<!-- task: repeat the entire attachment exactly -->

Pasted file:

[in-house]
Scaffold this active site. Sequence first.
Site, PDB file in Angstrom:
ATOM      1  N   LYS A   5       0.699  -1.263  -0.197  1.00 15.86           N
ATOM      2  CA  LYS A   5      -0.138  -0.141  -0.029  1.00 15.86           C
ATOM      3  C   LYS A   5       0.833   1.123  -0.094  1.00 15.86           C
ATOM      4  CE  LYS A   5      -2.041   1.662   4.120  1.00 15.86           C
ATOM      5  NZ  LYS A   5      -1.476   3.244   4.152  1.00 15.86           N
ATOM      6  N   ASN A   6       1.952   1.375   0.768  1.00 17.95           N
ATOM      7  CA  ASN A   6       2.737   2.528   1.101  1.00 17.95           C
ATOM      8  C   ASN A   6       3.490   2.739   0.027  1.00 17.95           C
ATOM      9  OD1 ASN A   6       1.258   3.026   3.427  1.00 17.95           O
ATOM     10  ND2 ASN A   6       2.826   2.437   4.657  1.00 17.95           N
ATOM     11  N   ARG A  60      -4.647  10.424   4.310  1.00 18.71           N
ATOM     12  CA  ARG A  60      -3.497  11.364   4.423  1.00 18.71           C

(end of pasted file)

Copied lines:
[in-house]
Scaffold this active site. Sequence first.
Site, PDB file in Angstrom:
ATOM      1  N   LYS A   5       0.699  -1.263  -0.197  1.00 15.86           N
ATOM      2  CA  LYS A   5      -0.138  -0.141  -0.029  1.00 15.86           C
ATOM      3  C   LYS A   5       0.833   1.123  -0.094  1.00 15.86           C
ATOM      4  CE  LYS A   5      -2.041   1.662   4.120  1.00 15.86           C
ATOM      5  NZ  LYS A   5      -1.476   3.244   4.152  1.00 15.86           N
ATOM      6  N   ASN A   6       1.952   1.375   0.768  1.00 17.95           N
ATOM      7  CA  ASN A   6       2.737   2.528   1.101  1.00 17.95           C
ATOM      8  C   ASN A   6       3.490   2.739   0.027  1.00 17.95           C
ATOM      9  OD1 ASN A   6       1.258   3.026   3.427  1.00 17.95           O
ATOM     10  ND2 ASN A   6       2.826   2.437   4.657  1.00 17.95           N
ATOM     11  N   ARG A  60      -4.647  10.424   4.310  1.00 18.71           N
ATOM     12  CA  ARG A  60      -3.497  11.364   4.423  1.00 18.71           C